No matter how much money you spend on security, you are never going to prevent an incident, a bridge, a hack- something -penetrating your network. I’m not saying this as a you should throw your hands up in the air and just say, “Oh we give up because we can’t do anything about it in the first place.”
Yes you can do something about it!
A common conversation we have with security takes usually one of two paths: it’s either, “We have nothing that a hacker would want so we don’t need to spend any money on it,” or “It’s too expensive for us to invest in security and then we’re not going to do it either,” and “It doesn’t really matter, it’s OK if we have something happen to us because we’re not doing anything critical, there’s nothing that’s really important here…”
Let’s dispel a few of those things. So the first thing: you absolutely have something that a hacker wants: you have resources, that you have paid for you to use. You have computers, you have employees working at those computers, you have money in your bank accounts, you have access to your customers’ data information systems, resources, etc
If we go back and look at massive MASSIVE major hacks: Target had a massive breach where spyware was running on their point of sales terminals harvesting credit cards. How did Target’s network get penetrated?
Well, Target’s network was penetrated because their HVAC contractor had access to Targets network so that way they can monitor and manage the HVAC systems inside of Target facilities. What was the threat vector? The threat factor was the sub-contractor for the HVAC systems, and then going through that way. So the HVAC company would say, “Oh, we don’t have anything of value, nobody wants to hack us.” Of course they wanted to hack you! You gave them access into Target’s systems they could install and monitor and collect credit cards off of Target’s platform.
So I don’t care if it’s just a bank account, I don’t care if it’s your phone system… there’s PLENTY of organized crime examples of people’s phone systems being hacked into and long distance being run through it. And if your phone system is compromised and somebody runs $100,000 long distance or international calling through your phone system over the course of the weekend -this is not a hypothetical example, this is a true story- it happens all the time.
What happens with the phone company says, “Hey you owe us $100,000!” And you’re going to say, “Well, no, I didn’t make the phone calls…” and they’ll say, “Well, yeah, you did, and we completed it. And guess what you’re going to have to pay us for it.
Let’s dispel this myth that you have nothing that matters. Outside of just the fact that you do have money in your bank accounts or that somebody shuts down your entire network and none of your employees can actually work or do anything and then you have to pay them in order to recover from that, you absolutely have something that a hacker wants.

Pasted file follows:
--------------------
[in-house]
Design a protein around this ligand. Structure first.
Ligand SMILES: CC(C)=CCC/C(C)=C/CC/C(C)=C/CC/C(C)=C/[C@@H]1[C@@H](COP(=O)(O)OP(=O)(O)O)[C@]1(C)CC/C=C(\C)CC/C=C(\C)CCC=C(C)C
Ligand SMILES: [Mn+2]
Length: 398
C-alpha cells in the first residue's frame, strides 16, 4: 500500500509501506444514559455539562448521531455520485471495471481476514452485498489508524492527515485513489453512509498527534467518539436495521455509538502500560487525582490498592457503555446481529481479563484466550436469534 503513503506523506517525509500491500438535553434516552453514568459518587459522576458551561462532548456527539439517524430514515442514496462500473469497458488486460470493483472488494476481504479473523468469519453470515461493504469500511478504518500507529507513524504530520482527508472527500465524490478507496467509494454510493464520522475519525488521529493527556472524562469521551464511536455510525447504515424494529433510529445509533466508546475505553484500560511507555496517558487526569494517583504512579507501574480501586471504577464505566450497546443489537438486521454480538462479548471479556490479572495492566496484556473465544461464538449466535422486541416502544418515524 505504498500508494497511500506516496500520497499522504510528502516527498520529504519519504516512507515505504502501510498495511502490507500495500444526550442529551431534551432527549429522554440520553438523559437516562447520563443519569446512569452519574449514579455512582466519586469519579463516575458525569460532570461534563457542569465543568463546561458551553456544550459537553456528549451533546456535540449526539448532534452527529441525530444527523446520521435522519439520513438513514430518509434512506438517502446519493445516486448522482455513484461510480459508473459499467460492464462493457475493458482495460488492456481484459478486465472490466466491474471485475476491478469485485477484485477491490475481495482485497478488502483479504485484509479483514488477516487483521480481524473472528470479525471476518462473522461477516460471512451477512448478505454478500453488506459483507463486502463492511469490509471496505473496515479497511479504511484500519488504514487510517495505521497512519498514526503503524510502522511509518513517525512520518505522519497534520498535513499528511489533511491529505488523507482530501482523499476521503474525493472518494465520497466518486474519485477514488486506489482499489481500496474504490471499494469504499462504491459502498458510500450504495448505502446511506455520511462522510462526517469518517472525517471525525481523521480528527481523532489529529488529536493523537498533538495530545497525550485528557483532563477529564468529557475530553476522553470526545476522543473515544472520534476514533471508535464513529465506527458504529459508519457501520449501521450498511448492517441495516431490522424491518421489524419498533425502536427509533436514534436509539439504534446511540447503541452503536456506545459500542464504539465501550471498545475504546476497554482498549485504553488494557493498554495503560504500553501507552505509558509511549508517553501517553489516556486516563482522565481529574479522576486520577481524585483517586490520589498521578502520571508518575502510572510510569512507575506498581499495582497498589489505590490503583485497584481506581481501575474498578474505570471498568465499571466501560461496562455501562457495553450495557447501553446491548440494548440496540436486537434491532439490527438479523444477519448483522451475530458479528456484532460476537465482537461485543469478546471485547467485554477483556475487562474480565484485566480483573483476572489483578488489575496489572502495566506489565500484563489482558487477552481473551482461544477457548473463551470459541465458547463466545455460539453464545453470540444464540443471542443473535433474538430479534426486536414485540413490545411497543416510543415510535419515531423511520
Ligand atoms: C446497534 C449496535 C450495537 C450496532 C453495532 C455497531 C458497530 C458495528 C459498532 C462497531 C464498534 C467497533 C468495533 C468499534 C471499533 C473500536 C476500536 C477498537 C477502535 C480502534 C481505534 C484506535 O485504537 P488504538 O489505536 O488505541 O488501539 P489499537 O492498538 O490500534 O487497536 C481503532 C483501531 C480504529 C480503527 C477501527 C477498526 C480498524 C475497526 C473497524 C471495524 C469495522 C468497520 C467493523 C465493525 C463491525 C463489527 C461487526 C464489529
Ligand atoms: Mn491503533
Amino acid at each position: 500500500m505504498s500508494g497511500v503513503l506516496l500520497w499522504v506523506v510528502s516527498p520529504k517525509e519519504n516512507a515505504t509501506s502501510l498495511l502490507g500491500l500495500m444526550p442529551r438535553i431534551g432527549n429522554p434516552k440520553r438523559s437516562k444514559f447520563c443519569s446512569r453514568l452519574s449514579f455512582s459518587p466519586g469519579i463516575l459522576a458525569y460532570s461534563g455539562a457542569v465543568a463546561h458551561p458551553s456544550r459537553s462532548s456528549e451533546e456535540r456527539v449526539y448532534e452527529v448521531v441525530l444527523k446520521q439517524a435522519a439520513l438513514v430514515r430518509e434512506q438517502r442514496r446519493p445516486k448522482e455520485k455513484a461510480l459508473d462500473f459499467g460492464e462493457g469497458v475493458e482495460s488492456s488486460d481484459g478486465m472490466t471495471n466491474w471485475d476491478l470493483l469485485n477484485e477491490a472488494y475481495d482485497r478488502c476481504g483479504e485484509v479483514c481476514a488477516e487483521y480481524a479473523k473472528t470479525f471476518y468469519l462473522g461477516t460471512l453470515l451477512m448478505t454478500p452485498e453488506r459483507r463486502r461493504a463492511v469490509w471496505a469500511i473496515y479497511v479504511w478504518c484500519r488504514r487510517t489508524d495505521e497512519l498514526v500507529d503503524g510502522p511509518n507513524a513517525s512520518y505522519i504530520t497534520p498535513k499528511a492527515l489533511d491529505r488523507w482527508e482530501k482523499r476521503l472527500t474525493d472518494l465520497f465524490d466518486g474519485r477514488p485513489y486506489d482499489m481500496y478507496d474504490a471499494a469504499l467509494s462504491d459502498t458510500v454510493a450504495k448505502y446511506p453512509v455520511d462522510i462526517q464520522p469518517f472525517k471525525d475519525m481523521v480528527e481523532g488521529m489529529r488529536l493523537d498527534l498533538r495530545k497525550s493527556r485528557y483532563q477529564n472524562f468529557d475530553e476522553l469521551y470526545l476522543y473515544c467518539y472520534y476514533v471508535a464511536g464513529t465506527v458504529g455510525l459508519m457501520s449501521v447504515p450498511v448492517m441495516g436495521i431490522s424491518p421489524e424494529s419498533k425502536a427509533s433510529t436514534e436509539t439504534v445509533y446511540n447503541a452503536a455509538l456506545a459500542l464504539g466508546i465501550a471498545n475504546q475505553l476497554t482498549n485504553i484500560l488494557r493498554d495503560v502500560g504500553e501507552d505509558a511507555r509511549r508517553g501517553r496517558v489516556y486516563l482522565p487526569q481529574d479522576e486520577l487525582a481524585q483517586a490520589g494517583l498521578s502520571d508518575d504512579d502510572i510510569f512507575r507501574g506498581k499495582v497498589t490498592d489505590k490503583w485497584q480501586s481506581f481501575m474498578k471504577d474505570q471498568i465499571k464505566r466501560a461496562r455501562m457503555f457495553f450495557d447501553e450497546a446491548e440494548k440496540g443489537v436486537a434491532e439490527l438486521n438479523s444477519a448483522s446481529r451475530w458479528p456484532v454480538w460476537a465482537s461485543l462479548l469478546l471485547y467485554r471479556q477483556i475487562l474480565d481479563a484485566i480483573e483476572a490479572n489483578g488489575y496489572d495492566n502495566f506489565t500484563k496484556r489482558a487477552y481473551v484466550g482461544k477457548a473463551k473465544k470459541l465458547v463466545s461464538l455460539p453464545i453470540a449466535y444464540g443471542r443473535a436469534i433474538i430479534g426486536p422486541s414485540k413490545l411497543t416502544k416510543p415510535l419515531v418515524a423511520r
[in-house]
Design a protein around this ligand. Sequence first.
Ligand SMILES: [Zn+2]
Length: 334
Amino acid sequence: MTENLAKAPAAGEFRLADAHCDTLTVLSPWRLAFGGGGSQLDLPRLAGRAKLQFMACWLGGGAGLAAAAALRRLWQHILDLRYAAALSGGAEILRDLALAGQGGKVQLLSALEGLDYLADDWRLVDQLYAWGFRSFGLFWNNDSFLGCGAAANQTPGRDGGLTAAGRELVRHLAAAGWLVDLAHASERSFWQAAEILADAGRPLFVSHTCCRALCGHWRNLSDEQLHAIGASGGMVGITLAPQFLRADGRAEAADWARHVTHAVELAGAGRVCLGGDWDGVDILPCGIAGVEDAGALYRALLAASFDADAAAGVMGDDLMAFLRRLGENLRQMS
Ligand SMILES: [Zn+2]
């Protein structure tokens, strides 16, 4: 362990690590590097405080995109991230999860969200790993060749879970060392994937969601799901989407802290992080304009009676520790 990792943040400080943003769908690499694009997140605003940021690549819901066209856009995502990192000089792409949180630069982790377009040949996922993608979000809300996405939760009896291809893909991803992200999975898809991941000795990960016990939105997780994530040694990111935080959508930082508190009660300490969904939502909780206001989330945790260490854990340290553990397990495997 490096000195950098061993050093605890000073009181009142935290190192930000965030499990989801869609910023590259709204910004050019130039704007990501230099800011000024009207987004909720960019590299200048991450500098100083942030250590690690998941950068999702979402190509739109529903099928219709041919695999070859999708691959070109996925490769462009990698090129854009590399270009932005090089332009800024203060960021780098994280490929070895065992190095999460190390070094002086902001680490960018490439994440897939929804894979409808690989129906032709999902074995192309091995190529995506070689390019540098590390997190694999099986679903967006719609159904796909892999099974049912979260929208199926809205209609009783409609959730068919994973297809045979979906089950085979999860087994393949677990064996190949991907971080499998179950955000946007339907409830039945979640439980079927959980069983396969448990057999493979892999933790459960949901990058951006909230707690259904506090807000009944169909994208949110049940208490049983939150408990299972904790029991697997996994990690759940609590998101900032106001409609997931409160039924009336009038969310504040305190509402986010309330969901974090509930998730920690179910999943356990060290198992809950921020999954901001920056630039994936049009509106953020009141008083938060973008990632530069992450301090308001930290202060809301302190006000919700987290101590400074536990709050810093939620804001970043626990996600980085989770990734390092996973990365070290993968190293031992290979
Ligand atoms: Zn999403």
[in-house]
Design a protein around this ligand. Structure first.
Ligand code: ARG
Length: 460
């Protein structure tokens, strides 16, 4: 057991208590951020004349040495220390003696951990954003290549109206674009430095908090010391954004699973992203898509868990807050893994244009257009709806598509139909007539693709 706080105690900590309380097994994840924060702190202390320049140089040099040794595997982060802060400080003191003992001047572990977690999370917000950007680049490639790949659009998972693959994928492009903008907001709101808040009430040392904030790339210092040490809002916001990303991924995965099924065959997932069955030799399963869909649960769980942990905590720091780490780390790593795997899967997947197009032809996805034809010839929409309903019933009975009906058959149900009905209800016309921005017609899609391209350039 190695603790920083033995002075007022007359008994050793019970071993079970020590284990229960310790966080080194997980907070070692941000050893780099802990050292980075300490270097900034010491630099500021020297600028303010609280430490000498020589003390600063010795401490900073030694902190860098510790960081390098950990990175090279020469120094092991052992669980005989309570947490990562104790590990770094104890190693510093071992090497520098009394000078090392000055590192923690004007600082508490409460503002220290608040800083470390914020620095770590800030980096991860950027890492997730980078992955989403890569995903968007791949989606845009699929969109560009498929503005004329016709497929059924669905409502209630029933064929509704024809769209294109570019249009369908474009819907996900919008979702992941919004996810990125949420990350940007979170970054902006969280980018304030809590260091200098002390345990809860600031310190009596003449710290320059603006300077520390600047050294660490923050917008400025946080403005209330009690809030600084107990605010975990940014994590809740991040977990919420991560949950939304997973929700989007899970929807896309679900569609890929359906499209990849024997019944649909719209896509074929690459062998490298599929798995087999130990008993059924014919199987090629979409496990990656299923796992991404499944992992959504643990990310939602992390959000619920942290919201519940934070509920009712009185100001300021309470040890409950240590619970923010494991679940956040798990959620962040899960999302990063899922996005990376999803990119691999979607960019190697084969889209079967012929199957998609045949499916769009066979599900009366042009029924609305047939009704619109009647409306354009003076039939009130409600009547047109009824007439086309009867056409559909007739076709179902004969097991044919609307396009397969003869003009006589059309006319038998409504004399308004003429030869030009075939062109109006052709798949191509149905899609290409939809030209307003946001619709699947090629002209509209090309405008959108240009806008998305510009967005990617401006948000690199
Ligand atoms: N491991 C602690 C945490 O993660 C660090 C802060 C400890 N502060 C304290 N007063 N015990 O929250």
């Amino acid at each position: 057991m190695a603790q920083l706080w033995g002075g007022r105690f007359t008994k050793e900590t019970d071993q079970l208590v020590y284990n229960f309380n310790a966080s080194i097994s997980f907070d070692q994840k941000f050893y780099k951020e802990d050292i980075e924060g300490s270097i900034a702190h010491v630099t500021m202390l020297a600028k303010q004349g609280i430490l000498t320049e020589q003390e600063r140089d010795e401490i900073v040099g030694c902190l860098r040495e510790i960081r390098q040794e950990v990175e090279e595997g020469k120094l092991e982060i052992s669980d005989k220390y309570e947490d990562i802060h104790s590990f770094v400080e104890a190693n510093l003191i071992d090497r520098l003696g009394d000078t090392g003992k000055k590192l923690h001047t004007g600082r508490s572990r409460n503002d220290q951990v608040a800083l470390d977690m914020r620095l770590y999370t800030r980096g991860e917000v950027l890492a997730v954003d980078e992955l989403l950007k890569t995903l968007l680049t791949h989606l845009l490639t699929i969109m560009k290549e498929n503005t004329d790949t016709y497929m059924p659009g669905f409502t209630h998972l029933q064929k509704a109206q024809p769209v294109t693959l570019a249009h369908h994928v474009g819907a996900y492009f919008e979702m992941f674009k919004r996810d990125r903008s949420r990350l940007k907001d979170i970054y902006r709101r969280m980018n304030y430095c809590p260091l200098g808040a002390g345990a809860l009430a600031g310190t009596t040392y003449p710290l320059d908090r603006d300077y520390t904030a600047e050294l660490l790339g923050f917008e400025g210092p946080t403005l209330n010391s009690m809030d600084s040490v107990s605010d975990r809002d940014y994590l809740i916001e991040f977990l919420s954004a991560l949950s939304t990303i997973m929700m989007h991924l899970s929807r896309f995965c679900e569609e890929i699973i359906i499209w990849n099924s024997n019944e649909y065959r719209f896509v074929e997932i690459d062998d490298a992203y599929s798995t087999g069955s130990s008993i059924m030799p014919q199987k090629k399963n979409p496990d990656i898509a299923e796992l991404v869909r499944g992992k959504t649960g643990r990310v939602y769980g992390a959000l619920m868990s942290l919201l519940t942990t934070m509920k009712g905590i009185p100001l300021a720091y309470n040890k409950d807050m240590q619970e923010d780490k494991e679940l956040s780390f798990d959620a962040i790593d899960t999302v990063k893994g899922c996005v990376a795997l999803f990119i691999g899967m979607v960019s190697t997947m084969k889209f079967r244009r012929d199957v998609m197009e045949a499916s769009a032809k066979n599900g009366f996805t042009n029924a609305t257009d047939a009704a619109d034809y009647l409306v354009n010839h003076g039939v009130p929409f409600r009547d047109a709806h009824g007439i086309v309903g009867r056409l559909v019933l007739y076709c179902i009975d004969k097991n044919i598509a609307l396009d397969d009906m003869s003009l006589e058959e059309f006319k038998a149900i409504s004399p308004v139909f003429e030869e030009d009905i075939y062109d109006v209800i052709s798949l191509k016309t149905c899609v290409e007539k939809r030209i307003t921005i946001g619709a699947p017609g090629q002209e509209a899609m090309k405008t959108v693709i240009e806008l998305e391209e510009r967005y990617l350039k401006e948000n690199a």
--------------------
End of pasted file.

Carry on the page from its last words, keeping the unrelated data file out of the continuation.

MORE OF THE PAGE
The other part of this is “it’s too expensive.” There’s a lot of acronyms and security and we can talk about SLM, and SIM and threat intelligence and CASB and SASE, and all these different things and the important thing to understand here with it is: it’s not one size fits all. If you’re a defense contractor you have a different security requirement that if you’re an investment bank, than if you’re a manufacturer than if you’re hospital, than if you’re and insurance agency. So based on what you’re actually doing and how big you are –obviously a billion dollar business has a different security requirement than a $10,000,000 business– so where you fit into appropriately within that scale really impacts that a lot.
Some honest realities of this:
- No matter how much money you spend on security you are never going to prevent an incident, a bridge, a hack, -something penetrating your network. I’m not saying this as a you should throw your hands up in the air and just so we give up because we can’t do anything about it in the first place.
- Yes, you can do something about it
- The name of the game’s security is too lower the amount of damage that’s done to you. you want to decrease the amount of time it takes to detect that something has happened, and you want to increase the amount of time it is for you to respond to it.
- Instead of talking about stat around 120-day dwell time, if you can lower 120 days dwell time down to you know even 30 days, it will have a massively different effect for you on your network. now you’re not talking about data exfiltration, you’re not talking about all these other things that could potentially happen to you.
We see on these “hacker forums” where people have compromised some network and now, they’re going out and they’re subcontracting to other people to help them figure out how to exploit the network in a bigger way! For example: “oh, we got under this resource, now let’s go jump over here, what else can we do? Maybe there’s something valuable, we don’t know what’s here, we know we have access to it so let’s poke around until we find something that might be interesting to us.”
Security is not about insurance, it’s not about absolute prevention, it’s not about nothing will ever happen to you, security is a measured response based on the particulars of your business and what is unique about business.
If you’re going down this path and you’re looking for help with security, you don’t know where to start, and you don’t even know what’s appropriate to you, give us a call ITBroker.com. We will have a conversation with you, we’ll help you align with best practices based on your actual unique business, what industry are in, how much revenue you have, how big the company is, what your threat vectors are- all these fun things you don’t want to really talk about the first place…
We will help you match up with the right technology and the best vendor for you so that way you can have better peace of mind at night and not worry about what is going on with your systems and your network.